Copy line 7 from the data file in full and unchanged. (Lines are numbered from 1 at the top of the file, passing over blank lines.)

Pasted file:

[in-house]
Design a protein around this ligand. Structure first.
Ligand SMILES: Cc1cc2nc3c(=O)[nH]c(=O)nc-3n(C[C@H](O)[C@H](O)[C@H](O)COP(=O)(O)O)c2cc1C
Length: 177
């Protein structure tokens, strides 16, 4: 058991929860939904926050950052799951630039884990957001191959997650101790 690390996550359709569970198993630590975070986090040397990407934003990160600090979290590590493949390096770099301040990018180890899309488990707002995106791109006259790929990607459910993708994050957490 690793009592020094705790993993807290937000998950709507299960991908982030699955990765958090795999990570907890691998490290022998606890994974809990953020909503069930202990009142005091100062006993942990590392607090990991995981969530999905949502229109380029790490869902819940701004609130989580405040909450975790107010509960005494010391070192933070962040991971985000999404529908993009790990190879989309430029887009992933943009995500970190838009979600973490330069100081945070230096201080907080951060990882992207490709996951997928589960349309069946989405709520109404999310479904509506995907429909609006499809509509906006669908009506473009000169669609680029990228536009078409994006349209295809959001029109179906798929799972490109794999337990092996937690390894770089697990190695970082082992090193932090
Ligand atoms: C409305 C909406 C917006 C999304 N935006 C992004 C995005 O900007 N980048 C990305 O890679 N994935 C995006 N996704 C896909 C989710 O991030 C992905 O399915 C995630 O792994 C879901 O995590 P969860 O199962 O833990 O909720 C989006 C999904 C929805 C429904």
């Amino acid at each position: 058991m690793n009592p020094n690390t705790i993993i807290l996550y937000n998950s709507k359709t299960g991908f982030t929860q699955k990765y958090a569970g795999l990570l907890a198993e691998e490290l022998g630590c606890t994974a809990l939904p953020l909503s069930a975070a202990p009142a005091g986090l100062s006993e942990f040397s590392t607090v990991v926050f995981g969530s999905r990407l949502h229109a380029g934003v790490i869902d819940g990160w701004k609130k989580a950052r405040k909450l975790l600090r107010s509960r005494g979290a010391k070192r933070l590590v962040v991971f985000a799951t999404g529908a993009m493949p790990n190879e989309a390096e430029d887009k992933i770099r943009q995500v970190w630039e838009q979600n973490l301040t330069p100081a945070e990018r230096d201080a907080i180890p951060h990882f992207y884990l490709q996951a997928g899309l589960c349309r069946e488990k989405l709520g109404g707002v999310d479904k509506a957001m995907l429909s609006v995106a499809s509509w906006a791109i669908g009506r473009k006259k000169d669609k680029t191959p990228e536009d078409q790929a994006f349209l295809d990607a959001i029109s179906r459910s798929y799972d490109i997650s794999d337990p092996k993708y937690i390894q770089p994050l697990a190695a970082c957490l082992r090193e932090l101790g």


């Amino acid at each position: 058991m690793n009592p020094n690390t705790i993993i807290l996550y937000n998950s709507k359709t299960g991908f982030t929860q699955k990765y958090a569970g795999l990570l907890a198993e691998e490290l022998g630590c606890t994974a809990l939904p953020l909503s069930a975070a202990p009142a005091g986090l100062s006993e942990f040397s590392t607090v990991v926050f995981g969530s999905r990407l949502h229109a380029g934003v790490i869902d819940g990160w701004k609130k989580a950052r405040k909450l975790l600090r107010s509960r005494g979290a010391k070192r933070l590590v962040v991971f985000a799951t999404g529908a993009m493949p790990n190879e989309a390096e430029d887009k992933i770099r943009q995500v970190w630039e838009q979600n973490l301040t330069p100081a945070e990018r230096d201080a907080i180890p951060h990882f992207y884990l490709q996951a997928g899309l589960c349309r069946e488990k989405l709520g109404g707002v999310d479904k509506a957001m995907l429909s609006v995106a499809s509509w906006a791109i669908g009506r473009k006259k000169d669609k680029t191959p990228e536009d078409q790929a994006f349209l295809d990607a959001i029109s179906r459910s798929y799972d490109i997650s794999d337990p092996k993708y937690i390894q770089p994050l697990a190695a970082c957490l082992r090193e932090l101790g």